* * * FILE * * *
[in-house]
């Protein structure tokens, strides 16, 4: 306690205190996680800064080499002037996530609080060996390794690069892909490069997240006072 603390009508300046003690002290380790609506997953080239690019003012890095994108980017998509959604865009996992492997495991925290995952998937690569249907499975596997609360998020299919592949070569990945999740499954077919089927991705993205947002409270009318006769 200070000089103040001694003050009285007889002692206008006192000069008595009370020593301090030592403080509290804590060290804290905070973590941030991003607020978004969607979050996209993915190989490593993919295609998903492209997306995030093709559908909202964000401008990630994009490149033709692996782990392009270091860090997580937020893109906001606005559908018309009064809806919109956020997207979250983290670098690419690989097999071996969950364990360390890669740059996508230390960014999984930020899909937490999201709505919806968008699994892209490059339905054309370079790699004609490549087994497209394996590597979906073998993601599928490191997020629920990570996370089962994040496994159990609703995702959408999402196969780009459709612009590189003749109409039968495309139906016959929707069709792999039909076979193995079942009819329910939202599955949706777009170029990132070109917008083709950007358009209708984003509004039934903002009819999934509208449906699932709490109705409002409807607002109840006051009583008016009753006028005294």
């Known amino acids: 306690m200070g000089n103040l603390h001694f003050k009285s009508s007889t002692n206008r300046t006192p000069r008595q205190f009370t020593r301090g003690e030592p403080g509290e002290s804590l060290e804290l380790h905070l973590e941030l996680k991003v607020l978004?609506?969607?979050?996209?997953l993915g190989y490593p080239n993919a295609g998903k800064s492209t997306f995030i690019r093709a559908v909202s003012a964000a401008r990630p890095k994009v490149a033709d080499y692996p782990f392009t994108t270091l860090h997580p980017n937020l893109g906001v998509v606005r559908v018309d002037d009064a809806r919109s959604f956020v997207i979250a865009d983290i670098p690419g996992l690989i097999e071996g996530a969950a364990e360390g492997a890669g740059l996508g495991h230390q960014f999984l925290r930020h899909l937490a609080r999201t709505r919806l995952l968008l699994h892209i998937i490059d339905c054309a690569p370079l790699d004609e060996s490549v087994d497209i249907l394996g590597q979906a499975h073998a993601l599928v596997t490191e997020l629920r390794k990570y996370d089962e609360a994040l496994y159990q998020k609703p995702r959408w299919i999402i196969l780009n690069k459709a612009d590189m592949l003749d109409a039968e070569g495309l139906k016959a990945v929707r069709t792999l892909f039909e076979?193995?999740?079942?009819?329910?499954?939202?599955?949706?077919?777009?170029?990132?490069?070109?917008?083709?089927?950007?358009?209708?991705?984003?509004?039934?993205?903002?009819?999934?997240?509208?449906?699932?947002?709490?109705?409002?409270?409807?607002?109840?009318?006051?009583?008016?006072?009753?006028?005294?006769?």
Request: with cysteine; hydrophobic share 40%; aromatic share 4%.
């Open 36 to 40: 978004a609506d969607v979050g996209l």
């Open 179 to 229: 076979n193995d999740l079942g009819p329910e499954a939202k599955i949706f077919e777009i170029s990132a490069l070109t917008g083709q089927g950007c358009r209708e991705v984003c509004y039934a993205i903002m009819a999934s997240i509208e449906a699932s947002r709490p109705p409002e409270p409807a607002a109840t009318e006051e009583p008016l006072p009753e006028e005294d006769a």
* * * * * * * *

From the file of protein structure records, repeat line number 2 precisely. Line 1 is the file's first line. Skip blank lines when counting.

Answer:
């Protein structure tokens, strides 16, 4: 306690205190996680800064080499002037996530609080060996390794690069892909490069997240006072 603390009508300046003690002290380790609506997953080239690019003012890095994108980017998509959604865009996992492997495991925290995952998937690569249907499975596997609360998020299919592949070569990945999740499954077919089927991705993205947002409270009318006769 200070000089103040001694003050009285007889002692206008006192000069008595009370020593301090030592403080509290804590060290804290905070973590941030991003607020978004969607979050996209993915190989490593993919295609998903492209997306995030093709559908909202964000401008990630994009490149033709692996782990392009270091860090997580937020893109906001606005559908018309009064809806919109956020997207979250983290670098690419690989097999071996969950364990360390890669740059996508230390960014999984930020899909937490999201709505919806968008699994892209490059339905054309370079790699004609490549087994497209394996590597979906073998993601599928490191997020629920990570996370089962994040496994159990609703995702959408999402196969780009459709612009590189003749109409039968495309139906016959929707069709792999039909076979193995079942009819329910939202599955949706777009170029990132070109917008083709950007358009209708984003509004039934903002009819999934509208449906699932709490109705409002409807607002109840006051009583008016009753006028005294």